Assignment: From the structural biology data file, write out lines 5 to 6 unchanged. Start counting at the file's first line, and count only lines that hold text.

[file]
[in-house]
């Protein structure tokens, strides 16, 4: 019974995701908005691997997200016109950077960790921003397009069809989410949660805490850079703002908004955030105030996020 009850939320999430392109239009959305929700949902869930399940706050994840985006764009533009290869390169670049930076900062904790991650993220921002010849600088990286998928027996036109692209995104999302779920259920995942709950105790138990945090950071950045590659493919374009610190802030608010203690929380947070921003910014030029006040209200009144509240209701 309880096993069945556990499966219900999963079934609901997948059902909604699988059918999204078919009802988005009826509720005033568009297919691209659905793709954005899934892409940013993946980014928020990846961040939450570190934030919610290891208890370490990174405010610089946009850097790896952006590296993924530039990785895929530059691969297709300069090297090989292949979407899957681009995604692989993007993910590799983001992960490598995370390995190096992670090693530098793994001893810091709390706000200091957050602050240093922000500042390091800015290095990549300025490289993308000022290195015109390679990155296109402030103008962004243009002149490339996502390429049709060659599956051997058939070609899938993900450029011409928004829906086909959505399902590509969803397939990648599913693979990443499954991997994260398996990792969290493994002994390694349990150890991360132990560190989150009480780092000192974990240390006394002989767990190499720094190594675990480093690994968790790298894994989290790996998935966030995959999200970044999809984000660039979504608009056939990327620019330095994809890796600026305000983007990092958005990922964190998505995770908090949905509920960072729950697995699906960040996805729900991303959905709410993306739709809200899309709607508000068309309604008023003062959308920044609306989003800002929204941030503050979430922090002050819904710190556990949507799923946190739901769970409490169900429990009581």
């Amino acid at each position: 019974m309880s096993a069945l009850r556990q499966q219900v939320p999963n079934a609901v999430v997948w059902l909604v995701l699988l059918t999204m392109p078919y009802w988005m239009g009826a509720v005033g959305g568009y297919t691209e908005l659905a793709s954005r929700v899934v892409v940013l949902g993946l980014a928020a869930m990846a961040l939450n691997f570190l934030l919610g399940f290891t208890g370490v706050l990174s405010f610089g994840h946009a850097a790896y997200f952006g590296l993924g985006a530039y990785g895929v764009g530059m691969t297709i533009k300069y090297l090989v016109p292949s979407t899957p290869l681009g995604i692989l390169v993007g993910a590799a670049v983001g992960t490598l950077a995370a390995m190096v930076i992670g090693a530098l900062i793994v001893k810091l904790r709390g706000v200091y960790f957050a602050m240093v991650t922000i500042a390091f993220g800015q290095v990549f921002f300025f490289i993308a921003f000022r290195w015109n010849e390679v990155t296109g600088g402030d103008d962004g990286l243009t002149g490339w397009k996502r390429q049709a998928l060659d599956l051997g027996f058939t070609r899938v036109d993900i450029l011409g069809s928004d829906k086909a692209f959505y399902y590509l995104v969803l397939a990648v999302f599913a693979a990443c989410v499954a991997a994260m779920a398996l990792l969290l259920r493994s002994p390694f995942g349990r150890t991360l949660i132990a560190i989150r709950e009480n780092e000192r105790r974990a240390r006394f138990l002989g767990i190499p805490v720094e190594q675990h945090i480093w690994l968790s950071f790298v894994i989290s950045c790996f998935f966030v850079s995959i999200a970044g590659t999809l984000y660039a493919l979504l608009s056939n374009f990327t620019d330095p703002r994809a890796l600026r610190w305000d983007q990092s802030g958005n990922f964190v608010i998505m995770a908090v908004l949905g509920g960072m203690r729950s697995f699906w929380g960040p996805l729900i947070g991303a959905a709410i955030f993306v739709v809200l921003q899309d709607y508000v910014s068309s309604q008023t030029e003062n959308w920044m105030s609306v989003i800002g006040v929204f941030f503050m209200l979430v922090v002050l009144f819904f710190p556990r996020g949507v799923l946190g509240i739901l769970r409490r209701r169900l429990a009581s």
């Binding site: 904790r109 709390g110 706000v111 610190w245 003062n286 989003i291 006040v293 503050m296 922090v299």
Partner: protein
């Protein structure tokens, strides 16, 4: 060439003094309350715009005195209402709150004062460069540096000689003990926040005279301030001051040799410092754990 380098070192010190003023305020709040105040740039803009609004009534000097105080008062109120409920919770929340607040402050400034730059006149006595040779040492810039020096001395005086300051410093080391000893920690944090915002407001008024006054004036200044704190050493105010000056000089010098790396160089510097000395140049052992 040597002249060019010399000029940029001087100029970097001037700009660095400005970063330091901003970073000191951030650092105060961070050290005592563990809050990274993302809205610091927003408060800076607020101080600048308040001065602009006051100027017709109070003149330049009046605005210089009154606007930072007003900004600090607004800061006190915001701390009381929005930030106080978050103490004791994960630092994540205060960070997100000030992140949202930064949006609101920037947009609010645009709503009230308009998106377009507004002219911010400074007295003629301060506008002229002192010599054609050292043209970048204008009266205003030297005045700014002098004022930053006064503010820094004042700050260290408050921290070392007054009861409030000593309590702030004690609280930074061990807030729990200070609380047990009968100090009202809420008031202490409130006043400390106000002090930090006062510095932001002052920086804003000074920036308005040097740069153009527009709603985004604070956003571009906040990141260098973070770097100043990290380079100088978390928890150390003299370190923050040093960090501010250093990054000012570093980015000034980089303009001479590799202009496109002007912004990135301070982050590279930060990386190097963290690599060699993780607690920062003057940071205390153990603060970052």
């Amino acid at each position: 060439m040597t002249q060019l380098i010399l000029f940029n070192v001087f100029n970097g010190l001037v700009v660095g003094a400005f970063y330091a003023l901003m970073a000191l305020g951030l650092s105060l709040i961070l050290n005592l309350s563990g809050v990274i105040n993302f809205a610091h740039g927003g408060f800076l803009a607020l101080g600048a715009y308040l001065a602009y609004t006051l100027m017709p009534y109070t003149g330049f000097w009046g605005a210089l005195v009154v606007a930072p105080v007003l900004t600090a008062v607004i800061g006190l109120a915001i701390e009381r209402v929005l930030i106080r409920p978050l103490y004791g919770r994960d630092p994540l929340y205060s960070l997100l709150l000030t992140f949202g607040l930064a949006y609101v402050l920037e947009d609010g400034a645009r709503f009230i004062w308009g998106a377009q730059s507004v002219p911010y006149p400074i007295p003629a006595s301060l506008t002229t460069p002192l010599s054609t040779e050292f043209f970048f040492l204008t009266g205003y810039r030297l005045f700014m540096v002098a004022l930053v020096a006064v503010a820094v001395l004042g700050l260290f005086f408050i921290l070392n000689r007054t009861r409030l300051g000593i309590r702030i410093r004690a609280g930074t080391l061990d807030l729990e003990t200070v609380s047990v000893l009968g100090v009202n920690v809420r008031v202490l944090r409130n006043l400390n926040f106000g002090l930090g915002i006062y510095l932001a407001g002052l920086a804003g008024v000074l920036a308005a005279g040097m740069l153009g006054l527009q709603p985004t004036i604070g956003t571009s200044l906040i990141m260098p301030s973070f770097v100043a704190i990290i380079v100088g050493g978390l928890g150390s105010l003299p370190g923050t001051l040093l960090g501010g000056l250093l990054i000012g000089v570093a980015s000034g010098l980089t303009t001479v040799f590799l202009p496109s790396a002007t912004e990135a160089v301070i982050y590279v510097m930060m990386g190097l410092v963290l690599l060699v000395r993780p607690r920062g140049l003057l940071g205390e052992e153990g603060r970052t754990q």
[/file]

Partner: protein
């Protein structure tokens, strides 16, 4: 060439003094309350715009005195209402709150004062460069540096000689003990926040005279301030001051040799410092754990 380098070192010190003023305020709040105040740039803009609004009534000097105080008062109120409920919770929340607040402050400034730059006149006595040779040492810039020096001395005086300051410093080391000893920690944090915002407001008024006054004036200044704190050493105010000056000089010098790396160089510097000395140049052992 040597002249060019010399000029940029001087100029970097001037700009660095400005970063330091901003970073000191951030650092105060961070050290005592563990809050990274993302809205610091927003408060800076607020101080600048308040001065602009006051100027017709109070003149330049009046605005210089009154606007930072007003900004600090607004800061006190915001701390009381929005930030106080978050103490004791994960630092994540205060960070997100000030992140949202930064949006609101920037947009609010645009709503009230308009998106377009507004002219911010400074007295003629301060506008002229002192010599054609050292043209970048204008009266205003030297005045700014002098004022930053006064503010820094004042700050260290408050921290070392007054009861409030000593309590702030004690609280930074061990807030729990200070609380047990009968100090009202809420008031202490409130006043400390106000002090930090006062510095932001002052920086804003000074920036308005040097740069153009527009709603985004604070956003571009906040990141260098973070770097100043990290380079100088978390928890150390003299370190923050040093960090501010250093990054000012570093980015000034980089303009001479590799202009496109002007912004990135301070982050590279930060990386190097963290690599060699993780607690920062003057940071205390153990603060970052």